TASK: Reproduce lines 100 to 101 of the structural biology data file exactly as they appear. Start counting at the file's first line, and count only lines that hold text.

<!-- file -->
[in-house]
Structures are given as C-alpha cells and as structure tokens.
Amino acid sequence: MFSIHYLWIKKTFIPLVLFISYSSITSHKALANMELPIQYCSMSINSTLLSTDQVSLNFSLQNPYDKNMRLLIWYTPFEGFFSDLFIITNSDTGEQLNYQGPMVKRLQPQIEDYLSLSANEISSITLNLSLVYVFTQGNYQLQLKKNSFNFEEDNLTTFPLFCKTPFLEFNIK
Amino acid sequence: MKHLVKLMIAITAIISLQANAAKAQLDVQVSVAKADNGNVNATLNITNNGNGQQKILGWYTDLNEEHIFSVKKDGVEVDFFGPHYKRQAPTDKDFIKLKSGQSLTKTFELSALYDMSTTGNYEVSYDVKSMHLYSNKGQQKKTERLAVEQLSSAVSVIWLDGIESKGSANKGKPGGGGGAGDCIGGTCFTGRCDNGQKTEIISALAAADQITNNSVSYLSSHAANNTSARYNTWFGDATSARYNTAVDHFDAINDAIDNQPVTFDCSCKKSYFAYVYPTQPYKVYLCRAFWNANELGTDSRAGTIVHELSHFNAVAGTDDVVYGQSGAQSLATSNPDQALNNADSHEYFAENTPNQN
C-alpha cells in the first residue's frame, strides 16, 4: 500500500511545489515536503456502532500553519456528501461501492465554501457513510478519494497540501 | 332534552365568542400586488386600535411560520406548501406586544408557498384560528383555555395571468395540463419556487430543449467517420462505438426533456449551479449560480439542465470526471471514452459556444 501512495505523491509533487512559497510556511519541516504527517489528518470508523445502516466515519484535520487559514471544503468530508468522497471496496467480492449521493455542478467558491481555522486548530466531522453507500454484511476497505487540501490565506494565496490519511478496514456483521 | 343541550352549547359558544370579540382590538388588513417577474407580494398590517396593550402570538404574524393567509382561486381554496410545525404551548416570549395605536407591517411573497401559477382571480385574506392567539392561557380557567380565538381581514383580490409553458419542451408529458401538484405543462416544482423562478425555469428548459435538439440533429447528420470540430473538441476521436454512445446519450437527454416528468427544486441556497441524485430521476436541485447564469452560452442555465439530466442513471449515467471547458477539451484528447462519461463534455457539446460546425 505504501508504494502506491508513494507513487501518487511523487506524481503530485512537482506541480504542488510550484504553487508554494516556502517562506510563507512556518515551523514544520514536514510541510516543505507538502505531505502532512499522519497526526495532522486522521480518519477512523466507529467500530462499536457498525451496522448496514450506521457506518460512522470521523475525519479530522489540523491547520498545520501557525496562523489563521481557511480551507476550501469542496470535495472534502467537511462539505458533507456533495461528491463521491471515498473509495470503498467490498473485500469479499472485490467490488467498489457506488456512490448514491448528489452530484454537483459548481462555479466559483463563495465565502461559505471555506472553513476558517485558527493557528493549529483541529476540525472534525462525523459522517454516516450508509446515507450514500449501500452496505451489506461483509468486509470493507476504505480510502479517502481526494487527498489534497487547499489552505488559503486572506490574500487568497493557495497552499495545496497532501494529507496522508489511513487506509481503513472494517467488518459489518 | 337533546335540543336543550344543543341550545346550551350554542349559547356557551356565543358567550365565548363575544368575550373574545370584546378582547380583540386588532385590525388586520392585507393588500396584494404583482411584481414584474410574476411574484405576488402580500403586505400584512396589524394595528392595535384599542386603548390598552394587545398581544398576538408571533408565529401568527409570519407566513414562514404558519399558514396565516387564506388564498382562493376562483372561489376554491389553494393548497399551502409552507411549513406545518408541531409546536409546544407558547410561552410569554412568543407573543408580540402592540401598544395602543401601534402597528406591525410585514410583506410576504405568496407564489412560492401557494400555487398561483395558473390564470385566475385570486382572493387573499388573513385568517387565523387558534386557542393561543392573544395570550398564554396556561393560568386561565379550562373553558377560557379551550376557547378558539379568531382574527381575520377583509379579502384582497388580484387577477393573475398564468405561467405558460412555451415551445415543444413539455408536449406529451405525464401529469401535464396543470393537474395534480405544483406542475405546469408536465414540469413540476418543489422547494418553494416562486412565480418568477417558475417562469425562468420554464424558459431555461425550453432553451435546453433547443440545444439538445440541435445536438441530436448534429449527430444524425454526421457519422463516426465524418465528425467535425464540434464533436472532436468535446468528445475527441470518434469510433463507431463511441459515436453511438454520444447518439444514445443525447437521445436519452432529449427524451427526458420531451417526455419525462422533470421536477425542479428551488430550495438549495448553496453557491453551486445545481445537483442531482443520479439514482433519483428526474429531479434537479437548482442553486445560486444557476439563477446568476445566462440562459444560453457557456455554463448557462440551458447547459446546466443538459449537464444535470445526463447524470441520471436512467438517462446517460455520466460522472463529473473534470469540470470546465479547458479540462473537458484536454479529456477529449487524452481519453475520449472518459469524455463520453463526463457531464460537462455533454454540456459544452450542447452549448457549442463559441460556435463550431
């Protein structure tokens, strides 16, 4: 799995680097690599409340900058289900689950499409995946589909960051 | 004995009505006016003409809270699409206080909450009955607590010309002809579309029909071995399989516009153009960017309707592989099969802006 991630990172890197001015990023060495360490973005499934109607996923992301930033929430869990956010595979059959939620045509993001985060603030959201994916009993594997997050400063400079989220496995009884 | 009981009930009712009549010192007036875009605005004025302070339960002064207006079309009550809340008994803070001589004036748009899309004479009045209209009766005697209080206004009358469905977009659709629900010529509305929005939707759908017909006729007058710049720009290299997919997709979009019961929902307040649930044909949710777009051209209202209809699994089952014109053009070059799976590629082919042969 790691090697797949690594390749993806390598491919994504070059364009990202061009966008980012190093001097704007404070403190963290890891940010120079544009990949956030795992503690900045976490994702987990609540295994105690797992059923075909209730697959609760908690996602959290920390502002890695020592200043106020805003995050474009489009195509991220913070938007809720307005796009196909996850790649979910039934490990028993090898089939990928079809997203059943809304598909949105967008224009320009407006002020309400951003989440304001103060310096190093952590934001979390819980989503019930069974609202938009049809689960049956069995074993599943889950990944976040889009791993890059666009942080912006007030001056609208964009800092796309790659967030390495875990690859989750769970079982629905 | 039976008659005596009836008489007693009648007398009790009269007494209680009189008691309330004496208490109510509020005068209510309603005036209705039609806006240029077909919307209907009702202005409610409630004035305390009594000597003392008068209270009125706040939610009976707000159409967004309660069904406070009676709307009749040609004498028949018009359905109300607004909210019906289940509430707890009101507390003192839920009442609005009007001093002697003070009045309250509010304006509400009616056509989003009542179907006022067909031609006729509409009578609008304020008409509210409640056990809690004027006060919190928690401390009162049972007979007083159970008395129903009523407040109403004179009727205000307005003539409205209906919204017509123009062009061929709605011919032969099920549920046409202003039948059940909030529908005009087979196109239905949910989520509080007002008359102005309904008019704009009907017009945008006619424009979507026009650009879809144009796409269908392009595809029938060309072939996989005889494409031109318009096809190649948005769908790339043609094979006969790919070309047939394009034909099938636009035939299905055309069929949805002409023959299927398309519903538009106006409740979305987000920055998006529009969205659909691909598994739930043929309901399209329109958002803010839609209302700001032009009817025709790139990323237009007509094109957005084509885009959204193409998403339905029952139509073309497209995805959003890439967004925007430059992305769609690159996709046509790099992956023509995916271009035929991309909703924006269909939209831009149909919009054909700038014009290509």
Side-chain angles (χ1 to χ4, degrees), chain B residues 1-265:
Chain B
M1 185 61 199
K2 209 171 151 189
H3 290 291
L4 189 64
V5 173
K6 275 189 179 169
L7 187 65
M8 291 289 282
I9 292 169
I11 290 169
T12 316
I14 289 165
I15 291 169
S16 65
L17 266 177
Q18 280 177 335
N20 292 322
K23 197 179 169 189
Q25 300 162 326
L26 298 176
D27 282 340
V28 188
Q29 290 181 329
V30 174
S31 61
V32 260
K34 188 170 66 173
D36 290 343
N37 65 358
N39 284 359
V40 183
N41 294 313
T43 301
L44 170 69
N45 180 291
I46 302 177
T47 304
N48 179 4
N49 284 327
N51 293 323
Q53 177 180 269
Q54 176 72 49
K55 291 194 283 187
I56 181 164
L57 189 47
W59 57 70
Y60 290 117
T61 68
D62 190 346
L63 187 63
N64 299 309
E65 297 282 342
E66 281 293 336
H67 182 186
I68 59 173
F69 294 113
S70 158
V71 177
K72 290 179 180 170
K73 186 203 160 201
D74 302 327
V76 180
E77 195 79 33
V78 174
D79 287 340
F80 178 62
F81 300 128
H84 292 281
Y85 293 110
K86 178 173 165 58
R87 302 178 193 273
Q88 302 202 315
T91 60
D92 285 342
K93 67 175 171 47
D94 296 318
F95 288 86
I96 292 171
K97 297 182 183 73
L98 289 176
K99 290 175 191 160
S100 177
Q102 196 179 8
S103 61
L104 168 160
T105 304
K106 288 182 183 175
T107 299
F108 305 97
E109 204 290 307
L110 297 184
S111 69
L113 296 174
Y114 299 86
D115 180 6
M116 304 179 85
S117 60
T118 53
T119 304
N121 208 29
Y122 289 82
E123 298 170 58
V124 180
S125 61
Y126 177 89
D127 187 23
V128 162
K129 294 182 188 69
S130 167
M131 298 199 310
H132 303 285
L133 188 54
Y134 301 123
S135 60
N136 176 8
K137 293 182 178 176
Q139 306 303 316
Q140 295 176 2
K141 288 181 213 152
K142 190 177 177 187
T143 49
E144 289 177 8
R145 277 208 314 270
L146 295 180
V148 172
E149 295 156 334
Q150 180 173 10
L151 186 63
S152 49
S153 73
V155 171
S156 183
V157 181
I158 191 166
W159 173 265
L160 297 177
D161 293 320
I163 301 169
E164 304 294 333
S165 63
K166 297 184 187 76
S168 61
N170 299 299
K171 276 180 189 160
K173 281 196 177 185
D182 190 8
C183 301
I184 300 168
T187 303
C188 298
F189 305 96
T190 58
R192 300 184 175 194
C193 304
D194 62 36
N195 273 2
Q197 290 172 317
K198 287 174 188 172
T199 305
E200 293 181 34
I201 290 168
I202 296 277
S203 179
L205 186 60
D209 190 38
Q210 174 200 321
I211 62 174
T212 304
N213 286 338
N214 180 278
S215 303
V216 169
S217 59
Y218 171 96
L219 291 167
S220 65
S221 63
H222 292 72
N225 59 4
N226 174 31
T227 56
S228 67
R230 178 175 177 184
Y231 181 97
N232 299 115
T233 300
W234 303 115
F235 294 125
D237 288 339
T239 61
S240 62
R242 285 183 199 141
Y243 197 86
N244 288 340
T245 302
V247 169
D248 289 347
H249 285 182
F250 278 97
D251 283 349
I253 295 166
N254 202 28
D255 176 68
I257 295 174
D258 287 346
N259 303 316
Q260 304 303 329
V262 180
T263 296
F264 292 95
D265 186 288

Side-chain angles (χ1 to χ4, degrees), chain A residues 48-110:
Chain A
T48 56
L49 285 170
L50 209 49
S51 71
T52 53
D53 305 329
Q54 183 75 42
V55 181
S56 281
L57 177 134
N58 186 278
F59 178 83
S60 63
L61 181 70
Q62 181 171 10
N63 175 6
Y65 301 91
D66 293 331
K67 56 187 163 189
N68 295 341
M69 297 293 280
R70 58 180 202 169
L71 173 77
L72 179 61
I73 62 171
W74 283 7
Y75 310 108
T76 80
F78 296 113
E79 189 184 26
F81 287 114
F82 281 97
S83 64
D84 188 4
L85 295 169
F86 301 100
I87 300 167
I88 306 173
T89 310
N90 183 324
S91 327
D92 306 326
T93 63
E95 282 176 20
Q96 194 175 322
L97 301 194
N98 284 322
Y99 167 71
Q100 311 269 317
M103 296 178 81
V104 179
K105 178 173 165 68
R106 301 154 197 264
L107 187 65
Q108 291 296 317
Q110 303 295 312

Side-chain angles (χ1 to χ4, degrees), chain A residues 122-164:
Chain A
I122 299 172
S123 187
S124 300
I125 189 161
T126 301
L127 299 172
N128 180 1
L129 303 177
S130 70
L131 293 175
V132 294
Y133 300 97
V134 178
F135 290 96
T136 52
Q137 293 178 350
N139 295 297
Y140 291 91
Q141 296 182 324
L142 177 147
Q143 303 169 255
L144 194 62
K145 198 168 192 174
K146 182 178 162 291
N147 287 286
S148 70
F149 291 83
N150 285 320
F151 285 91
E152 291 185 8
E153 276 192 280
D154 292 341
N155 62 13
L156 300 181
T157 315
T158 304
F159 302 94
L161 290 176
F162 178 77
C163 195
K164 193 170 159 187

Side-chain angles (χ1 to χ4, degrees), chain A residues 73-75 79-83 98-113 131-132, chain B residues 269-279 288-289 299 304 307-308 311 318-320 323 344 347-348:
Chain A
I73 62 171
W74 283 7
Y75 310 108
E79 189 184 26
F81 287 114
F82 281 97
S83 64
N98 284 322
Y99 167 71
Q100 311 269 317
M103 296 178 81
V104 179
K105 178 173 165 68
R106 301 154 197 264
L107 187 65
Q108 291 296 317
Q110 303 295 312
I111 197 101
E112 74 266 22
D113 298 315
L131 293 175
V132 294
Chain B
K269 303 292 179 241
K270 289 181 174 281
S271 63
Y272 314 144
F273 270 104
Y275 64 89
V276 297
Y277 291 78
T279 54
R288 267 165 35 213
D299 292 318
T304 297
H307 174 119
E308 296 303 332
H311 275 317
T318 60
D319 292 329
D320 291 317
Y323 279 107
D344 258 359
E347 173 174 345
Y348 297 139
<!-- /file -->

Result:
S111 69
L113 296 174